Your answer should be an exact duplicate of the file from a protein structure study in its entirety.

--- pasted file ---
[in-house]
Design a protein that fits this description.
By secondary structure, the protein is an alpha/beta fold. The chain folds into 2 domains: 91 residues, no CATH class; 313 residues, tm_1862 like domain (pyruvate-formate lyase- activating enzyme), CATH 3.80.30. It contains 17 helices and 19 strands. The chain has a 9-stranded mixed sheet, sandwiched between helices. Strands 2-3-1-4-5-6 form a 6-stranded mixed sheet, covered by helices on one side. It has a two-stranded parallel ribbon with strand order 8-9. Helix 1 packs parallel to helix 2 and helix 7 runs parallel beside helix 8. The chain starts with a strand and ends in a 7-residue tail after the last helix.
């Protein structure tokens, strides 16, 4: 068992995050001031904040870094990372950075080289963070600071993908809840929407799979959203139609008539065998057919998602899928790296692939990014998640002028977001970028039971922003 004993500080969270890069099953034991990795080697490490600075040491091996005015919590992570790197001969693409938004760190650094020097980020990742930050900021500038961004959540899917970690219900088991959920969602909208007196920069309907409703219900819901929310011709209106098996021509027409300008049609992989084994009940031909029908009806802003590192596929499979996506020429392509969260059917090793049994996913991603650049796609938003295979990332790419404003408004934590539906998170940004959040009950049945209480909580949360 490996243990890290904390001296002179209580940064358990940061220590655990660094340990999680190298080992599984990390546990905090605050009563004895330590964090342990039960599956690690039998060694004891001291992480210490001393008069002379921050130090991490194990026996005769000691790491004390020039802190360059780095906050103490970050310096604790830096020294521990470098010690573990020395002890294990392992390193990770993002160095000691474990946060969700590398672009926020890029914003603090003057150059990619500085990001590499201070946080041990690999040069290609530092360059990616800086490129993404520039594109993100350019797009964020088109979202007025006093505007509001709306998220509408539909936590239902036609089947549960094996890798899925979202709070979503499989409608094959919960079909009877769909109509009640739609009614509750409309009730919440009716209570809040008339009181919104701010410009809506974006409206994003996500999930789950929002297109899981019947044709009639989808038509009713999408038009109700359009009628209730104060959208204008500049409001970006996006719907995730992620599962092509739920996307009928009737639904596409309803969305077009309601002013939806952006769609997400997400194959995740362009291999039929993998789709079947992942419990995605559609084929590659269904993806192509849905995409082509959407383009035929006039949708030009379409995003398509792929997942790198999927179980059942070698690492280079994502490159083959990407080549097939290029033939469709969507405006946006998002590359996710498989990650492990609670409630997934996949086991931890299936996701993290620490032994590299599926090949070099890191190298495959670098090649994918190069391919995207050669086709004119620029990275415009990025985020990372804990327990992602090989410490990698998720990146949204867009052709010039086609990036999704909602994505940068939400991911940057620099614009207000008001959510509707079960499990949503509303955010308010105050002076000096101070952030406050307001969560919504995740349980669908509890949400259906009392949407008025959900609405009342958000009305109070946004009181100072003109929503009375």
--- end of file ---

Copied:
[in-house]
Design a protein that fits this description.
By secondary structure, the protein is an alpha/beta fold. The chain folds into 2 domains: 91 residues, no CATH class; 313 residues, tm_1862 like domain (pyruvate-formate lyase- activating enzyme), CATH 3.80.30. It contains 17 helices and 19 strands. The chain has a 9-stranded mixed sheet, sandwiched between helices. Strands 2-3-1-4-5-6 form a 6-stranded mixed sheet, covered by helices on one side. It has a two-stranded parallel ribbon with strand order 8-9. Helix 1 packs parallel to helix 2 and helix 7 runs parallel beside helix 8. The chain starts with a strand and ends in a 7-residue tail after the last helix.
């Protein structure tokens, strides 16, 4: 068992995050001031904040870094990372950075080289963070600071993908809840929407799979959203139609008539065998057919998602899928790296692939990014998640002028977001970028039971922003 004993500080969270890069099953034991990795080697490490600075040491091996005015919590992570790197001969693409938004760190650094020097980020990742930050900021500038961004959540899917970690219900088991959920969602909208007196920069309907409703219900819901929310011709209106098996021509027409300008049609992989084994009940031909029908009806802003590192596929499979996506020429392509969260059917090793049994996913991603650049796609938003295979990332790419404003408004934590539906998170940004959040009950049945209480909580949360 490996243990890290904390001296002179209580940064358990940061220590655990660094340990999680190298080992599984990390546990905090605050009563004895330590964090342990039960599956690690039998060694004891001291992480210490001393008069002379921050130090991490194990026996005769000691790491004390020039802190360059780095906050103490970050310096604790830096020294521990470098010690573990020395002890294990392992390193990770993002160095000691474990946060969700590398672009926020890029914003603090003057150059990619500085990001590499201070946080041990690999040069290609530092360059990616800086490129993404520039594109993100350019797009964020088109979202007025006093505007509001709306998220509408539909936590239902036609089947549960094996890798899925979202709070979503499989409608094959919960079909009877769909109509009640739609009614509750409309009730919440009716209570809040008339009181919104701010410009809506974006409206994003996500999930789950929002297109899981019947044709009639989808038509009713999408038009109700359009009628209730104060959208204008500049409001970006996006719907995730992620599962092509739920996307009928009737639904596409309803969305077009309601002013939806952006769609997400997400194959995740362009291999039929993998789709079947992942419990995605559609084929590659269904993806192509849905995409082509959407383009035929006039949708030009379409995003398509792929997942790198999927179980059942070698690492280079994502490159083959990407080549097939290029033939469709969507405006946006998002590359996710498989990650492990609670409630997934996949086991931890299936996701993290620490032994590299599926090949070099890191190298495959670098090649994918190069391919995207050669086709004119620029990275415009990025985020990372804990327990992602090989410490990698998720990146949204867009052709010039086609990036999704909602994505940068939400991911940057620099614009207000008001959510509707079960499990949503509303955010308010105050002076000096101070952030406050307001969560919504995740349980669908509890949400259906009392949407008025959900609405009342958000009305109070946004009181100072003109929503009375």